Test Drive: 2010 Ford Taurus SHO

Twenty years ago, Ford took aim at European sports sedans and fired a tweaked-out Taurus across their bows. By the time the Europeans stopped laughing, that Taurus was over the horizon and gone. Now, the SHO is returning. But who’s laughing this time?
With a 365-horsepower twin-turbo V6, spry handling and a comfortable and attractive interior, Ford's new Taurus SHO is a welcome return of a sleeper performance sedan. Ford Motor Company

The 2010 Ford Taurus SHO reprises a work order first issued in 1989: an austere midsize car outfitted with a hotter engine and stiff suspension, which can carve canyons like an upmarket luxury sled and costs thousands less than such cars from, ahem, Those German Brands. This go-round, Ford’s added bold styling, a comfortable and attractive interior, tons of usable space, a twin-turbo V6, even more lateral grip and quicker responses. The result is a machine greater than the sum of its parts, and the best car Ford’s ever built.

The SHO starts with the latest Taurus, a ground-up redesign based on an updated version of the Volvo-derived D3 platform, a tight set of frameworks that began life underpinning the top-line Volvo S80. Getting the Taurus right was a pet project of Ford CEO Alan Mulally, who apparently knows brand equity when he sees it on a car badge. Turning that equity into respect is his game here.

Unlike the model it replaces, the ’10 Taurus appropriates few design cues from established players, staking out a territory between American-style grand gesture and Japanese figurative discipline. Although, thanks to the now-common automotive slab-sidedness that serves crash standards over aesthetics, you can’t hang your arm out the window while driving. But then, no one’s been able to do that and not look like a complete toolbag since 1973. That low window-to-beltline ratio also hinders visibility at the corners somewhat, but does make the Taurus look as sturdy as a bank vault.

Really, what the new Taurus has that the past two or so generations of Tauruses has not is attitude. And no Taurus has as much attitude as the new SHO.

The original 1989 SHO rose to a degree of prominence among car geeks via a Yamaha-built V6 that apparently fell to earth from motorsports heaven. Created to rev deep into the 8000 rpm range, though detuned so the rest of the Taurus components wouldn’t liquefy, the 3-liter plant turned out a hot for the time 220 horsepower. Paired with Ford’s MTX-IV 5-speed manual, it provided what some magazine editors 20 years ago called “spiritedness.” Translation: It rocked their argyle socks.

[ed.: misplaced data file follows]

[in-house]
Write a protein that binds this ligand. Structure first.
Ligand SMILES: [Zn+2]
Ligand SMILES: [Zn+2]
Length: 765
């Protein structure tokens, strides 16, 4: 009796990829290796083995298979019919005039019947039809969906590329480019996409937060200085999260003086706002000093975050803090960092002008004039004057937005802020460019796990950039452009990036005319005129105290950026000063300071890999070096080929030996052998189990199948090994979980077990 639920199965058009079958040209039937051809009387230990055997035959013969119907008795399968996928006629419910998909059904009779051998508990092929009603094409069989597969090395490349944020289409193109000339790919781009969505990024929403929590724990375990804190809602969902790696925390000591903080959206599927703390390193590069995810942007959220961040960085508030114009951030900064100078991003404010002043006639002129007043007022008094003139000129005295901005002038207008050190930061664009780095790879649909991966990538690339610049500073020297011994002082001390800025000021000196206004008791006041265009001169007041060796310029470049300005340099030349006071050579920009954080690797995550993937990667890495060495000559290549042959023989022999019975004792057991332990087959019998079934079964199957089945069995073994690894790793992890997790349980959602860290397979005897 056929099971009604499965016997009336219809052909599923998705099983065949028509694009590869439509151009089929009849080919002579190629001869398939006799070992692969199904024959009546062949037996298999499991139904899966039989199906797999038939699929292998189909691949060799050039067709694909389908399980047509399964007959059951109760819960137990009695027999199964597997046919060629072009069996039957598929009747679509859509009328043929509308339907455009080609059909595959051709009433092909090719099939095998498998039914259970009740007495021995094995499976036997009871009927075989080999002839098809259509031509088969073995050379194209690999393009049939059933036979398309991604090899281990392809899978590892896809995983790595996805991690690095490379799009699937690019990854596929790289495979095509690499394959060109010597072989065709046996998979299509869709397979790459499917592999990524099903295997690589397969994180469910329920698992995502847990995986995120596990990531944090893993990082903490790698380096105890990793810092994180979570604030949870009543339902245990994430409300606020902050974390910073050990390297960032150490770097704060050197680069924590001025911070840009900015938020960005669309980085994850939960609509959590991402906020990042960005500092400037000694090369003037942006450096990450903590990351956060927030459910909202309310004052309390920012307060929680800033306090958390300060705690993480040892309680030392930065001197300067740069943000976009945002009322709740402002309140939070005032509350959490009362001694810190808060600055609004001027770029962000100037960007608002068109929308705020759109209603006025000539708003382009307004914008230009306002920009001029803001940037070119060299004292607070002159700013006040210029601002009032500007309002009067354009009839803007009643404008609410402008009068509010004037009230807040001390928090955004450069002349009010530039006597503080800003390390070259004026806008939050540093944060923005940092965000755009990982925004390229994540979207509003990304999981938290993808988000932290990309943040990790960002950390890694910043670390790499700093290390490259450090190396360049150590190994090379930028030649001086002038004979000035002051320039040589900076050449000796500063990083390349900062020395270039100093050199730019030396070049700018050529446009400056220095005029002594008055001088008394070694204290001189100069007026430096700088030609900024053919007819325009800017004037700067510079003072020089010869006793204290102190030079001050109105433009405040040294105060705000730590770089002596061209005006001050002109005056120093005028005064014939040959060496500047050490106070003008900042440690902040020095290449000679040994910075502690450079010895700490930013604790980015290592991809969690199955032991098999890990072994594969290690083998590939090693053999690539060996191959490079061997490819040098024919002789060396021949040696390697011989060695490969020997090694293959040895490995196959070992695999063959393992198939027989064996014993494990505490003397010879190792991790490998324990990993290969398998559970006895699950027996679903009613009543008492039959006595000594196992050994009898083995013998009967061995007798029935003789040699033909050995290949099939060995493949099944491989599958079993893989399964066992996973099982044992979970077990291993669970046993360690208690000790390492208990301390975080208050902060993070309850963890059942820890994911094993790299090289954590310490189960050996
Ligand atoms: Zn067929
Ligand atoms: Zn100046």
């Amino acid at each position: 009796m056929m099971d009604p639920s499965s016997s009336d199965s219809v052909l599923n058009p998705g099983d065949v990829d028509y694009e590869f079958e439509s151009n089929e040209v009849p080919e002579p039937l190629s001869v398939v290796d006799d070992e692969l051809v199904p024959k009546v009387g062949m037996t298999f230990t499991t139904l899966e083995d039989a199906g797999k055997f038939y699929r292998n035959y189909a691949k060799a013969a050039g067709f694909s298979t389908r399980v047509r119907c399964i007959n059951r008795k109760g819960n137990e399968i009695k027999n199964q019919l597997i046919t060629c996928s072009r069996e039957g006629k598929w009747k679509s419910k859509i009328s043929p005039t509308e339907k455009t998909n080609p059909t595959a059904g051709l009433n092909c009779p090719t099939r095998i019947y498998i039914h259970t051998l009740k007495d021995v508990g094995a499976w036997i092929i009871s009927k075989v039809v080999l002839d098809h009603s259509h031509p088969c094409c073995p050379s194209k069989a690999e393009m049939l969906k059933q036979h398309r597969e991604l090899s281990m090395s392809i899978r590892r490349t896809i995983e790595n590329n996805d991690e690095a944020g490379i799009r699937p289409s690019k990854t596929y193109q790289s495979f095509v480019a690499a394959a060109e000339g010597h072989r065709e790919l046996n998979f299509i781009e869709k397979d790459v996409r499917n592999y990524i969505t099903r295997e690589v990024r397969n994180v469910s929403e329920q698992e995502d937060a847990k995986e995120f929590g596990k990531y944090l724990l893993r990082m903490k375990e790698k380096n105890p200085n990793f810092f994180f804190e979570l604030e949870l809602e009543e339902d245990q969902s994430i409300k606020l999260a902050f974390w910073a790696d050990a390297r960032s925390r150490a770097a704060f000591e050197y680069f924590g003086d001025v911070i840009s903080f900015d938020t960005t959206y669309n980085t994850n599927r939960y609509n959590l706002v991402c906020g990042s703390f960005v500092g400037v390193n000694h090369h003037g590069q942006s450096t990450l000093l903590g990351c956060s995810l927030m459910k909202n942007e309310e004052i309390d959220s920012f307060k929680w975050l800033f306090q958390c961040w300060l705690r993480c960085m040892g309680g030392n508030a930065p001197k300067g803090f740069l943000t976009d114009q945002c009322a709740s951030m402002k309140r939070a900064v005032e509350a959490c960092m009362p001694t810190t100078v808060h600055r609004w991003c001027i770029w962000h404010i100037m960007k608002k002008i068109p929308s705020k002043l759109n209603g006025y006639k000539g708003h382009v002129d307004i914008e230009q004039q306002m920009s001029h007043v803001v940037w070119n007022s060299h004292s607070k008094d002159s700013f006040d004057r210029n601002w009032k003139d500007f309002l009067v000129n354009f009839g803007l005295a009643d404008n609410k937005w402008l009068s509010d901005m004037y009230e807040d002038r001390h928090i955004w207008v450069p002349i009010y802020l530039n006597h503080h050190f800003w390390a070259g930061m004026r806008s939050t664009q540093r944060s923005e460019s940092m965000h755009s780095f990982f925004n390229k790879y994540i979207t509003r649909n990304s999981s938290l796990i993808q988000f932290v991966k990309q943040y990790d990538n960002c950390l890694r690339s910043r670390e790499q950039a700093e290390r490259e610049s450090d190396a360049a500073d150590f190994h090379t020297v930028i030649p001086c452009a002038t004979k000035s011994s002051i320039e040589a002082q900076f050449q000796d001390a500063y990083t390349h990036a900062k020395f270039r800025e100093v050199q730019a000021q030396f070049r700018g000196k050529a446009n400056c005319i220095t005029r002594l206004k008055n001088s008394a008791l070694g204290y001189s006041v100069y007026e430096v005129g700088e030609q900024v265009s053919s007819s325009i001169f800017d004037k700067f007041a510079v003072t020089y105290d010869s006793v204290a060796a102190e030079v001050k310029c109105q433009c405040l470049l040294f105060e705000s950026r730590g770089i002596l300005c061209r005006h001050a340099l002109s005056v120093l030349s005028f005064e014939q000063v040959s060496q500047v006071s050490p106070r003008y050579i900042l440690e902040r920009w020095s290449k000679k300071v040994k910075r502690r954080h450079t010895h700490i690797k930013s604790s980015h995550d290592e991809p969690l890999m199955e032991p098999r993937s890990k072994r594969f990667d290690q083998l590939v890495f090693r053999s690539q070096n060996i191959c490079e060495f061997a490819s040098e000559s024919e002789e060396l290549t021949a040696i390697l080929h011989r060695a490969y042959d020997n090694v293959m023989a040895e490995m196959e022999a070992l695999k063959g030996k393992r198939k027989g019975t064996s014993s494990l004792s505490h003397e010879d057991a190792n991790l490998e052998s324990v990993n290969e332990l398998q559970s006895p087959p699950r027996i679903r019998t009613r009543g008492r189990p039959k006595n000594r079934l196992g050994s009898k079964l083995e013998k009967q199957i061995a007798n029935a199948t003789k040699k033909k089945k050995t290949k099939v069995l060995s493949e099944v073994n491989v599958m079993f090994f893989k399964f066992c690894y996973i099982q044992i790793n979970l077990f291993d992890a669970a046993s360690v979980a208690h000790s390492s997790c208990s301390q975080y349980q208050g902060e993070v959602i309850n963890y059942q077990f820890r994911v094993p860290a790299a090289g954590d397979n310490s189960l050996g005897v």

The new SHO is likewise an engine-focused proposition, fitted with Ford’s latest EcoBoost V6. That twin-turbo powerplant is the same as the one we tested in the Lincoln MKX. All of 3.5 liters, it produces 365 hp and 350 lb-ft of torque as early as 1,500 rpm. From behind the leather-wrapped wheel, it translates into the kind of spry acceleration normally reserved for European sedans, American muscle cars and model rocketry. The SHO’s all-wheel-drive system means no burnouts, just a leap from zero to fast in a perception-shattering instant. Turbo lag? How totally ’80s.

The EcoBoost is paired perfectly to a new six-speed automatic, which on the SHO comes with Ford’s SelectShift electronics and paddle shifters. That quick-shifting automanual is smooth above all, with software minimizing torque loss between gears.

Also like the original, the 2010 SHO is no slacker in the handling department. The base Taurus gets Ford’s latest combination of front struts and “SR1” rear multi-link suspension. That name is derived from its 1:1 shock absorber ratio, meaning the amount of extension is equal to the amount of compression. Ford reps say this setup offers a sound baseline on which to sport-tune the SHO’s ground control, and more suspension travel to accommodate larger wheels, like the 20 inchers on the SHO I drove recently. As a result, road feel is a balance of control through stiffness and comfort through shock-absorption. Steering is light and brisk, making the big SHO feel smaller and lighter than its 4,015 lbs suggests.

The new Taurus leapfrogs mainstream midsizers like the Toyota Camry, Honda Accord and Chevy Impala, both in size and price. But for the extra five or so grand, the Taurus feels like a premium car at a $10,000 discount, instead of a decked-out mid-pricer. Big difference. The SHO is all that plus 100 extra horsepower and the stiffened suspension to match. It’s not as off the hook as the 1989 SHO, but rather a new, more refined model aiming to satisfy what the Europeans would call “executive” tastes.

But, then again, the ’80s are over. Let ’em go.

*Pre-production Ford Taurus SHO
Price as tested: ~$39,000.